Show Notes: The Lawyer in Your Computer

Common Law logo
 

About the Podcast

Though much divides us these days, there are still some things we all share in common. One of them is law. In “Common Law,” a new podcast sponsored by the University of Virginia School of Law, Dean Risa Goluboff and Vice Dean Leslie Kendrick explore how law shapes society, how we shape law and why we should all care. MORE

Subscribe to our podcast here. If you like what you hear, please leave us a review and/or share the episode with a friend.

Michael Livermore
Episode 7: The Lawyer in Your Computer

From courtroom apps to analyzing law texts, UVA Law professor Michael Livermore explains how technology is reshaping legal processes and yielding new insights. More

How to Listen
Show Notes: The Lawyer in Your Computer

Michael Livermore

Michael Livermore is a professor of law at the University of Virginia, teaching administrative law, environmental law, and regulatory law and policy. He is a pioneer in the application of computational tools in legal studies, enabling a new methodological approach to evaluating legal texts. To help curate the Livermore regularly engages in interdisciplinary projects across disciplines ranging from economics, computer science and neurology. He is also a leading expert on the use of cost-benefit analysis to evaluate environmental regulation, co-authoring “Retaking Rationality: How Cost-Benefit Analysis Can Better Protect the Environment and Our Health” and co-editing of “The Globalization of Cost-Benefit Analysis in Environmental Policy.”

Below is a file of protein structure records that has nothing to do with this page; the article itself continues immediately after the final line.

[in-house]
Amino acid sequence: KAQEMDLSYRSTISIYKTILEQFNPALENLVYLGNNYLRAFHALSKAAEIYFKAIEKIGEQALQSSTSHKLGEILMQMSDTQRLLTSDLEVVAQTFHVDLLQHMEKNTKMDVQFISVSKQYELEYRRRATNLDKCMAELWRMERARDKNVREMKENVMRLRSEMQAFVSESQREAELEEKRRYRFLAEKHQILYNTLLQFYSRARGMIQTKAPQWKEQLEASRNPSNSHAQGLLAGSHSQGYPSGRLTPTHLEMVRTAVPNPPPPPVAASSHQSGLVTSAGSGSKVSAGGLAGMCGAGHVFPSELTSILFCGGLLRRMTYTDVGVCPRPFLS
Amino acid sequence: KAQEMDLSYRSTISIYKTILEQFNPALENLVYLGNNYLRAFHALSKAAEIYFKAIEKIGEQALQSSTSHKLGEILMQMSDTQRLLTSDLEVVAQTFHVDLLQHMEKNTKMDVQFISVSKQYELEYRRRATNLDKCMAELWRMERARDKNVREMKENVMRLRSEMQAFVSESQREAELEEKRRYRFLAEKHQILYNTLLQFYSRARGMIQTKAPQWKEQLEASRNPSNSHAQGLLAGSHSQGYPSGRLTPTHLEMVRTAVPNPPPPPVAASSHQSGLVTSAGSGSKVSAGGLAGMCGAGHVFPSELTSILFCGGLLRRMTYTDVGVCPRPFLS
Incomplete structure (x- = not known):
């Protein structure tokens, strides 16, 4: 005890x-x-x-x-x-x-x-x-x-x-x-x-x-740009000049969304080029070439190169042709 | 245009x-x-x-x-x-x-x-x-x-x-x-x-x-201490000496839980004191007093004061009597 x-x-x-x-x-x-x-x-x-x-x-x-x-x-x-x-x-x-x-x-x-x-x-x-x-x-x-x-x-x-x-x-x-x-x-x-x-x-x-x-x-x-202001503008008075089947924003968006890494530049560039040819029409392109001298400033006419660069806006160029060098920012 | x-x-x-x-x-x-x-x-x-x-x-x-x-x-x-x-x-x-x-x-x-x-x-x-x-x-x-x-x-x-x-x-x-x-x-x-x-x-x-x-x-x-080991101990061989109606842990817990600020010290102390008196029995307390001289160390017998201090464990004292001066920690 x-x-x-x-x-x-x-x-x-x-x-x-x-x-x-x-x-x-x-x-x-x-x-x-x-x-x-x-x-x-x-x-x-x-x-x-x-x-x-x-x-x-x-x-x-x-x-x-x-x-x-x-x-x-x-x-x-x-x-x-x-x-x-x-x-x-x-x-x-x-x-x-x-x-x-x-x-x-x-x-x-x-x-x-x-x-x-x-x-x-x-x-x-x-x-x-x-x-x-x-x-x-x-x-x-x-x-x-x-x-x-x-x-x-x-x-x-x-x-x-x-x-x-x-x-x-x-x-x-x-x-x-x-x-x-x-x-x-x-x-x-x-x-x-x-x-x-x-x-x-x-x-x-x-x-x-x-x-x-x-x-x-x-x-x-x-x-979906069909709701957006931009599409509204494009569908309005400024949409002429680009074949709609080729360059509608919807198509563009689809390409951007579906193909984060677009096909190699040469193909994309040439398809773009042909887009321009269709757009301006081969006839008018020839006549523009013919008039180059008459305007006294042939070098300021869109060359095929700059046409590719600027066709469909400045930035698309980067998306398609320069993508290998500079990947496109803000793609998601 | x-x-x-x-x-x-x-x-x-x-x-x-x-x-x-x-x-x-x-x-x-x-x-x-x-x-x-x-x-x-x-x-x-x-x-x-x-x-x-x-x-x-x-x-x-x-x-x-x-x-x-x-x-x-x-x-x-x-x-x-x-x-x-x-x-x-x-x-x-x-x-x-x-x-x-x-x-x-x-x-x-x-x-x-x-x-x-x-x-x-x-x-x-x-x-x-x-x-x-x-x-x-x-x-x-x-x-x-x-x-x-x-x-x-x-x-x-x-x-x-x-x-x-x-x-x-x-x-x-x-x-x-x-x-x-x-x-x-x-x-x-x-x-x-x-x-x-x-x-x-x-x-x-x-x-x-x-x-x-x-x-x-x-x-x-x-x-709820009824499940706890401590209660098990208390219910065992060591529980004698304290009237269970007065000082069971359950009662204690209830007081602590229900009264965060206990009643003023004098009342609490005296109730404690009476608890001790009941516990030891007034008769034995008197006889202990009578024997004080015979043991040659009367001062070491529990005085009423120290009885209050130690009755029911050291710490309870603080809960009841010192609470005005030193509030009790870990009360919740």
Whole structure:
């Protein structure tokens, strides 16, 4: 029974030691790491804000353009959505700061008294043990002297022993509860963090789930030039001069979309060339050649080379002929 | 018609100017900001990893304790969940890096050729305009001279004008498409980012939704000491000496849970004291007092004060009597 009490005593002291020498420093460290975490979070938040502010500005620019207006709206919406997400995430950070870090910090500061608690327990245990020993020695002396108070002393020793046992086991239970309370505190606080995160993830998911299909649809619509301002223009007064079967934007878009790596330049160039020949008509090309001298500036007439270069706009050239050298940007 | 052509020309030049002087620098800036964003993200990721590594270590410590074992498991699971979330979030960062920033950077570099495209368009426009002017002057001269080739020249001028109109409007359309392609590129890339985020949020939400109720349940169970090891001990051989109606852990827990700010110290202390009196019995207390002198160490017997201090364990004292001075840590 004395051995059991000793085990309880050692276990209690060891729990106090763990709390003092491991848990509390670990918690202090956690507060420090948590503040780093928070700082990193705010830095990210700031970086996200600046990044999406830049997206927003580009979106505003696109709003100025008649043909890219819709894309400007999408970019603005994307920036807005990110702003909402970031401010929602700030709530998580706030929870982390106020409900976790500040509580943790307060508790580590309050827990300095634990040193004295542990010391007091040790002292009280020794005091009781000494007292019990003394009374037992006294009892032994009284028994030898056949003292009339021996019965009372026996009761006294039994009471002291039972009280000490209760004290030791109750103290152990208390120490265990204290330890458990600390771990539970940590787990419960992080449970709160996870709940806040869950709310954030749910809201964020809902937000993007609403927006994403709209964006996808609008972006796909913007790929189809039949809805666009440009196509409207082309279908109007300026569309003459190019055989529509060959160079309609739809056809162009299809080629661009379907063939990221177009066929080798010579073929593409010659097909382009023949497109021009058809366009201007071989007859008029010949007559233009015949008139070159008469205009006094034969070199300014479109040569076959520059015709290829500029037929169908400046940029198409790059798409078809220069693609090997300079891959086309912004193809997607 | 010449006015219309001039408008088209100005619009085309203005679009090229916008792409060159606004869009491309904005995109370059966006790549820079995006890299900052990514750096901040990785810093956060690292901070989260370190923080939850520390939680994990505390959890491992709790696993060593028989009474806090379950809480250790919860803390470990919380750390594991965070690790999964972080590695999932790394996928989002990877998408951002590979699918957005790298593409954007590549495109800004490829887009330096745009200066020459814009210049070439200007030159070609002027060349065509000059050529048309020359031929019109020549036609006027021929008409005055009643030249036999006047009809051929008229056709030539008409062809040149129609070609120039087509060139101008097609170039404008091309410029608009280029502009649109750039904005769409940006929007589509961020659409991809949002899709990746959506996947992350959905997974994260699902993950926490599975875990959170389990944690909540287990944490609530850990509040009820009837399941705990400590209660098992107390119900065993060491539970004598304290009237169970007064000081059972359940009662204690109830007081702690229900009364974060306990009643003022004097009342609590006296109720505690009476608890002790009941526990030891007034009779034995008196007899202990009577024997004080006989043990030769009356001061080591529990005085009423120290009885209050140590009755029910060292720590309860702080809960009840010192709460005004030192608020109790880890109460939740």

Before joining the faculty, Livermore was the founding executive director of the Institute for Policy Integrity at New York University School of Law, his alma mater. Following law school, Livermore was a fellow at NYU’s Center on Environmental and Land Use Law, then clerked for Judge Harry T. Edwards of the U.S. Court of Appeals for the D.C. Circuit. In one of his latest articles, “A Quantitative Analysis of Writing Style on the Supreme Court,” Livermore presents a quantitative analysis of the text of past U.S. Supreme Court opinions to discern patterns and implications about the institution’s behaviors.

Listening to the Show